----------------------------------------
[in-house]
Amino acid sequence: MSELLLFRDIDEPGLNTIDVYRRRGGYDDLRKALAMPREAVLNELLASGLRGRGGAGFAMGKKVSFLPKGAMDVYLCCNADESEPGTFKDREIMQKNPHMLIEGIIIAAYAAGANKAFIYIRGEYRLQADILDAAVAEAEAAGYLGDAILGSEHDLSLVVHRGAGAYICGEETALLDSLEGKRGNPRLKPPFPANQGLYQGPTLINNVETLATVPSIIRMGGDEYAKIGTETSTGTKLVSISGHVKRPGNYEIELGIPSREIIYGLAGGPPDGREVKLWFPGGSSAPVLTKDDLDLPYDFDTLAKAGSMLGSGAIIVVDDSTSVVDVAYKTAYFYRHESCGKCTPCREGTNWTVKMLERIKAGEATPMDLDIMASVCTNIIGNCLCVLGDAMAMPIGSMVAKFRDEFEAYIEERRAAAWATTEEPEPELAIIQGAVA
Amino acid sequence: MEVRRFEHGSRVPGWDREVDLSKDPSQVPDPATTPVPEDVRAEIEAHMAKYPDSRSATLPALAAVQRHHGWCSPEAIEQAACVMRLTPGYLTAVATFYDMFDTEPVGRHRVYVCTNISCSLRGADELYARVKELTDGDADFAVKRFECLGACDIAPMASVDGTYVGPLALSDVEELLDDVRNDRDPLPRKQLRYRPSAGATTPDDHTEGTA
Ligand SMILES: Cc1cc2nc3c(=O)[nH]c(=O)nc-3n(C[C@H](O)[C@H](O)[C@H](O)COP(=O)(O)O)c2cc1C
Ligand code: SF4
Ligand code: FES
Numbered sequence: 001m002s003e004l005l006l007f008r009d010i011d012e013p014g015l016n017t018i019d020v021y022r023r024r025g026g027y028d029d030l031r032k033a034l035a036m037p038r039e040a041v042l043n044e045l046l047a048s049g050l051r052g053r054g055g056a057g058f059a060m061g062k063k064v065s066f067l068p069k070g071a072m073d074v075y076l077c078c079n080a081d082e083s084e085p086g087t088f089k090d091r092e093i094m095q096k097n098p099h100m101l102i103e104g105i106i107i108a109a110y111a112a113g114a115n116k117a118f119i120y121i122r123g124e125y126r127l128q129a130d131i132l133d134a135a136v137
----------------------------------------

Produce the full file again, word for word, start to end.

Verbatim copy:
[in-house]
Amino acid sequence: MSELLLFRDIDEPGLNTIDVYRRRGGYDDLRKALAMPREAVLNELLASGLRGRGGAGFAMGKKVSFLPKGAMDVYLCCNADESEPGTFKDREIMQKNPHMLIEGIIIAAYAAGANKAFIYIRGEYRLQADILDAAVAEAEAAGYLGDAILGSEHDLSLVVHRGAGAYICGEETALLDSLEGKRGNPRLKPPFPANQGLYQGPTLINNVETLATVPSIIRMGGDEYAKIGTETSTGTKLVSISGHVKRPGNYEIELGIPSREIIYGLAGGPPDGREVKLWFPGGSSAPVLTKDDLDLPYDFDTLAKAGSMLGSGAIIVVDDSTSVVDVAYKTAYFYRHESCGKCTPCREGTNWTVKMLERIKAGEATPMDLDIMASVCTNIIGNCLCVLGDAMAMPIGSMVAKFRDEFEAYIEERRAAAWATTEEPEPELAIIQGAVA
Amino acid sequence: MEVRRFEHGSRVPGWDREVDLSKDPSQVPDPATTPVPEDVRAEIEAHMAKYPDSRSATLPALAAVQRHHGWCSPEAIEQAACVMRLTPGYLTAVATFYDMFDTEPVGRHRVYVCTNISCSLRGADELYARVKELTDGDADFAVKRFECLGACDIAPMASVDGTYVGPLALSDVEELLDDVRNDRDPLPRKQLRYRPSAGATTPDDHTEGTA
Ligand SMILES: Cc1cc2nc3c(=O)[nH]c(=O)nc-3n(C[C@H](O)[C@H](O)[C@H](O)COP(=O)(O)O)c2cc1C
Ligand code: SF4
Ligand code: FES
Numbered sequence: 001m002s003e004l005l006l007f008r009d010i011d012e013p014g015l016n017t018i019d020v021y022r023r024r025g026g027y028d029d030l031r032k033a034l035a036m037p038r039e040a041v042l043n044e045l046l047a048s049g050l051r052g053r054g055g056a057g058f059a060m061g062k063k064v065s066f067l068p069k070g071a072m073d074v075y076l077c078c079n080a081d082e083s084e085p086g087t088f089k090d091r092e093i094m095q096k097n098p099h100m101l102i103e104g105i106i107i108a109a110y111a112a113g114a115n116k117a118f119i120y121i122r123g124e125y126r127l128q129a130d131i132l133d134a135a136v137